Dayton students learn fundamentals of budgeting for construction projects

Riley Willis is pictured with the first place bridge. Her partner for the project, David Gerardo, is not pictured.

Mr. Kevin Belanger and his engineering math students at Dayton High School wrapped up the first nine weeks of the semester with a Bridge Building Project. The objective was to design and construct the most economical bridge based on the cost in dollars per kilogram of weight that the bridge could safely support.

“I was so proud of all the teams for creating strong, aesthetically pleasing bridges,” Belanger said.

This year’s champions were David Gerardo and Riley Willis. Their bridge cost $1,285,000 and held 23.9kg, for a winning ratio of $53,765.69/kg (making the fictional taxpayers very happy). An honorable mention for second place went to Garrett Stokes and Arturo Jaime for their bridge, which held 22.33kg and cost $1,325,000 for a ratio of $59,337.21/kg.

For most of the students, this was their first experience in managing a budget. Just like in real-world engineering projects, it takes tremendous planning and designing before construction since the students are required to use their funds economically and record their expenses and account balance.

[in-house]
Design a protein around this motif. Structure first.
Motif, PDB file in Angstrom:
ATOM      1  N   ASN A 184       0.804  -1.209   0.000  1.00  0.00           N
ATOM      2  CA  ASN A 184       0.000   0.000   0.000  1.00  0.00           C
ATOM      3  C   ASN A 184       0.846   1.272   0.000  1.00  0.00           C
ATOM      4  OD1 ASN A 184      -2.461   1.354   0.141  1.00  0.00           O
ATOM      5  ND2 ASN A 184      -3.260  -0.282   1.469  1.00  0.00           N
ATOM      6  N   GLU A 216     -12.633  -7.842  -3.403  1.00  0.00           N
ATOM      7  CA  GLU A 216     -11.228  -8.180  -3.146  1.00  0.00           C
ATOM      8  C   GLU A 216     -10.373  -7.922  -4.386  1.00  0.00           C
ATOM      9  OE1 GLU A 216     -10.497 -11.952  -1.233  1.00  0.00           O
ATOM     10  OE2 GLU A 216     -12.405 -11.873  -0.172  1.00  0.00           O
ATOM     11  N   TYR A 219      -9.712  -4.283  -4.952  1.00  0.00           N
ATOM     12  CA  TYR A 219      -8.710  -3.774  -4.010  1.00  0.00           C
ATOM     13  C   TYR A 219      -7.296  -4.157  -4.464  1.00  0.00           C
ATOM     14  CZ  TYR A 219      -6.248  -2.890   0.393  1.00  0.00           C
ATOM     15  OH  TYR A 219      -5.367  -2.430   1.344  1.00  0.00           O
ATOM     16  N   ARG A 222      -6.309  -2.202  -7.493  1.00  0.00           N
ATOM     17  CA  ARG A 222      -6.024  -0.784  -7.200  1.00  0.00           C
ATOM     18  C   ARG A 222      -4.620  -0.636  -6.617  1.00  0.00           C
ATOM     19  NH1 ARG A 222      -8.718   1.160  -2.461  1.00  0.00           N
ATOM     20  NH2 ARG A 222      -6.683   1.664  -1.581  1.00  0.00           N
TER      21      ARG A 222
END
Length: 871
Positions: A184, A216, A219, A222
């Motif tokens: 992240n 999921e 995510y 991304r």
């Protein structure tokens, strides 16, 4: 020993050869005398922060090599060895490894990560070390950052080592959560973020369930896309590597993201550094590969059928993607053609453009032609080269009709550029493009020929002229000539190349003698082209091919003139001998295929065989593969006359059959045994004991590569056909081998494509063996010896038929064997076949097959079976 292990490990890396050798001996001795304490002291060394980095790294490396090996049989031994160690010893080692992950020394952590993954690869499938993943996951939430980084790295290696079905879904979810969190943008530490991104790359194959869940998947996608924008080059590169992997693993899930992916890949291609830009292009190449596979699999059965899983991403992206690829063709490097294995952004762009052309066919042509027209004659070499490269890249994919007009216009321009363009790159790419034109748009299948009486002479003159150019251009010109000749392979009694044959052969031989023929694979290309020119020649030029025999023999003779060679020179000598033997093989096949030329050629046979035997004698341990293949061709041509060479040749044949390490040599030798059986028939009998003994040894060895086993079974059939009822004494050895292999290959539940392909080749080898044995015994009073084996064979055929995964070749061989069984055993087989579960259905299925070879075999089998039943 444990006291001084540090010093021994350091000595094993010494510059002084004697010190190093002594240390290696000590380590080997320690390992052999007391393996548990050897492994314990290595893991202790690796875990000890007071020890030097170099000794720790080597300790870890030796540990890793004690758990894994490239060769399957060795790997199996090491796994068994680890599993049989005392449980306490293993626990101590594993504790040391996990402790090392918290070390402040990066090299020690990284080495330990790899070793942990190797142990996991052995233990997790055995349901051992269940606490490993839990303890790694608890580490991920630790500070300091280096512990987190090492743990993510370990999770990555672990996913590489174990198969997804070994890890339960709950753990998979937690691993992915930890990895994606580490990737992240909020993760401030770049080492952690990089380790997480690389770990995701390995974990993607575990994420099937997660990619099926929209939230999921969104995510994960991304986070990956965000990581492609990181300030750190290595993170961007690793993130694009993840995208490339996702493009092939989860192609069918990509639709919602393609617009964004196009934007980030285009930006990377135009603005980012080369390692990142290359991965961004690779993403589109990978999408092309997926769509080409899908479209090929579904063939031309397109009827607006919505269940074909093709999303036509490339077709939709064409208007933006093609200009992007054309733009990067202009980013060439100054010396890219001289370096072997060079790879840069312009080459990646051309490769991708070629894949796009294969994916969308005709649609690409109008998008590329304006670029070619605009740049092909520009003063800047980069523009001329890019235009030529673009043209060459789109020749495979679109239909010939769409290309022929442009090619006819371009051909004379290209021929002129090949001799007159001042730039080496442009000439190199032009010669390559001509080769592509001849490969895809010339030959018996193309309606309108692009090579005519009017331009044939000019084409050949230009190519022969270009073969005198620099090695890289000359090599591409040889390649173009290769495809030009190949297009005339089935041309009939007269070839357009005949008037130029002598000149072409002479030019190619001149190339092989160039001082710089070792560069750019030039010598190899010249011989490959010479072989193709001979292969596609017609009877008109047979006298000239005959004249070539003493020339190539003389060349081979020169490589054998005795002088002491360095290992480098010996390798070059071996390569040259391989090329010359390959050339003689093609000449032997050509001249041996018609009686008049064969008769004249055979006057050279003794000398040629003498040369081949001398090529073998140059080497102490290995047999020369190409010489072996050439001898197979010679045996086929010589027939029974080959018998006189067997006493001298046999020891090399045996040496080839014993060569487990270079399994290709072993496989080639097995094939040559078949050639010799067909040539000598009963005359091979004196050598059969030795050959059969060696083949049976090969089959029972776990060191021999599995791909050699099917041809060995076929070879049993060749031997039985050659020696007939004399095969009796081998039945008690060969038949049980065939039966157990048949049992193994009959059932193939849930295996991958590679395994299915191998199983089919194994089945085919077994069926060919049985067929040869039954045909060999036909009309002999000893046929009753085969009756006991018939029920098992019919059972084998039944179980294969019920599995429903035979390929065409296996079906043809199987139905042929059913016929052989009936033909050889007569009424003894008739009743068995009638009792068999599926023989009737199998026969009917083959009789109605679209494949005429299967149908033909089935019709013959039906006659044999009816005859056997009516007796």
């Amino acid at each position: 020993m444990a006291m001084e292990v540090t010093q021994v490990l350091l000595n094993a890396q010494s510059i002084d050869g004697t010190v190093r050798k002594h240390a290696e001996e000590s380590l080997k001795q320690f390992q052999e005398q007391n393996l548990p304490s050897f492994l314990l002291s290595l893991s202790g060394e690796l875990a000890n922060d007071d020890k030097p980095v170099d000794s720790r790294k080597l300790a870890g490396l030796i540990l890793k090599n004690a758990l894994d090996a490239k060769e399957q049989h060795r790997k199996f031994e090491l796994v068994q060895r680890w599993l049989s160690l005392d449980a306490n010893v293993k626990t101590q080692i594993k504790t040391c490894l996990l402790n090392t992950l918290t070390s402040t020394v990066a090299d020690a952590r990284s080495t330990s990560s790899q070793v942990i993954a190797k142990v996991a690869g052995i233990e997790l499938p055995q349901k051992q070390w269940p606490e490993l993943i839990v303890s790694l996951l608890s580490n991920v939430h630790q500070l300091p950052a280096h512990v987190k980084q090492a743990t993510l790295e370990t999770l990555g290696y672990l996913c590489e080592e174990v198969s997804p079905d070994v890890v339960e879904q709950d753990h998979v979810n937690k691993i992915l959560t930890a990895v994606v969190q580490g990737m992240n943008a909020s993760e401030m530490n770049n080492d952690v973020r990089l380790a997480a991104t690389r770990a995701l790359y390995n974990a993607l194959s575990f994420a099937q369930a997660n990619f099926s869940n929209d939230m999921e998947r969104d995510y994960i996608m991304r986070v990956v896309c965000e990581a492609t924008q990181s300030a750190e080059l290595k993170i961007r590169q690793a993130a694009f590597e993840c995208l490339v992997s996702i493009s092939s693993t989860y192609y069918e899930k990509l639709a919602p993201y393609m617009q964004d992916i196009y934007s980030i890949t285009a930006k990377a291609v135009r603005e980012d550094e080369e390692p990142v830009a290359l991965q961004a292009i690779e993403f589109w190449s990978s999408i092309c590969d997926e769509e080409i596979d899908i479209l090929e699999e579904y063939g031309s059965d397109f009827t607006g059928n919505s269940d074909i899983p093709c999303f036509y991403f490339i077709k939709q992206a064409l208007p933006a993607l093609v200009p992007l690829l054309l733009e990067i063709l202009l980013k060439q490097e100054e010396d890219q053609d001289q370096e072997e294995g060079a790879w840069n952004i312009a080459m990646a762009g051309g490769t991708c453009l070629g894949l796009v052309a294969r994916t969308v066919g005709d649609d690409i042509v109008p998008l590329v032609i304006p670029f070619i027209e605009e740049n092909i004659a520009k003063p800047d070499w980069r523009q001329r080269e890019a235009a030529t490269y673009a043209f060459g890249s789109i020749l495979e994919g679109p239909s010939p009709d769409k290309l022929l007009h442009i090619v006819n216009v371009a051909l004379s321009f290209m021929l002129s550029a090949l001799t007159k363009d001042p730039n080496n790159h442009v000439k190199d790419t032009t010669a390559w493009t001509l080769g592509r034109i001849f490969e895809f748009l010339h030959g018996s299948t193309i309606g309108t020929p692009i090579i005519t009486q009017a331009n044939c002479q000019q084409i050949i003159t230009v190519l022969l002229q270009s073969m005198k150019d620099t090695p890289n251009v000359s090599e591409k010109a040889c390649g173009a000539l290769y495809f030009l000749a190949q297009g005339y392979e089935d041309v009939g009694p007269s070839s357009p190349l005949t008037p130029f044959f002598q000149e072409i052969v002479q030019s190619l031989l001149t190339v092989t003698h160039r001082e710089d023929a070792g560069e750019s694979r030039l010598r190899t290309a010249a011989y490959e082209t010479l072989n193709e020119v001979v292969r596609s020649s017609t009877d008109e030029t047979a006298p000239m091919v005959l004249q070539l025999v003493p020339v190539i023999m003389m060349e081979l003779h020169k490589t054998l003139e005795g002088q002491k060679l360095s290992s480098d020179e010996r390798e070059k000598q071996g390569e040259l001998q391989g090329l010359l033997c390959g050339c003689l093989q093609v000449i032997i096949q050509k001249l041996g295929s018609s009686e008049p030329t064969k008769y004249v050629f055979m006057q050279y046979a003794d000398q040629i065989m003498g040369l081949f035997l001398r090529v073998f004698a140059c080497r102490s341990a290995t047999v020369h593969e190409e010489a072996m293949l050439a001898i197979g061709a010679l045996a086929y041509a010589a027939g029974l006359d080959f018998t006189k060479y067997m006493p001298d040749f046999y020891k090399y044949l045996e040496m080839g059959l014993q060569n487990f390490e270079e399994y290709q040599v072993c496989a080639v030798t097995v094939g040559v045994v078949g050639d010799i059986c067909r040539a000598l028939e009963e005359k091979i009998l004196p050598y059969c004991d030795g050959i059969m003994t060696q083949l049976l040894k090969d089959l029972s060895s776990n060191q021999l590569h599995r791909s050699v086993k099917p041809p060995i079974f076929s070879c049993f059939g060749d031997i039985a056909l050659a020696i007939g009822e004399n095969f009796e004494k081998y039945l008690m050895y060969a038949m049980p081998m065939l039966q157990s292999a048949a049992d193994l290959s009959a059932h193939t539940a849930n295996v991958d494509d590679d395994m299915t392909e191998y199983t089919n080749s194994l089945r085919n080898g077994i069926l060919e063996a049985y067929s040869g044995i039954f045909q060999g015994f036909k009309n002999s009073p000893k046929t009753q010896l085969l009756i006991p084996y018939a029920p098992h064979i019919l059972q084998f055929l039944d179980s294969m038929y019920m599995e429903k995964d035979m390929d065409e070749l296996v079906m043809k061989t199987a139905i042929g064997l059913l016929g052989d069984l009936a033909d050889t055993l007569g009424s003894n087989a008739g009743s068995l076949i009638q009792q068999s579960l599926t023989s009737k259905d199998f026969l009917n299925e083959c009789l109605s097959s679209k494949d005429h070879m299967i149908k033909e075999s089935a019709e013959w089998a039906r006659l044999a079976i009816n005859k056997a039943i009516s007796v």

Teams are issued “checks,” ledgers and order forms for acquisitions. Every team has the same budget, so everyone has the same restraints as they build.

When asked about  the different topics that the engineering class would cover, Belanger said, “Throughout the year, we cover a range of topics since engineering is such a wide field. The projects that follow each section of the curriculum use the concepts that were studied during each unit, so the bridges came after the Materials Properties and Statics and Structures Units. We are now onto Fluid Power, which will be followed by the Fluid Lift Project. Students build lift mechanisms that incorporate hydraulic or pneumatic power to operate their lifts with pistons and cylinders.”

Current Engineering Math students thinking about moving on in engineering for post-secondary endeavors will have experienced units covering forces and friction, manufacturing, quality assurance, physics of machines, and electricity over the rest of the school year. This is an innovative class that creates real-world scenarios for the students to work through.

“Dayton High School is very proud of these students and Mr. Belanger for creating a great classroom atmosphere for students to learn,” District officials said.

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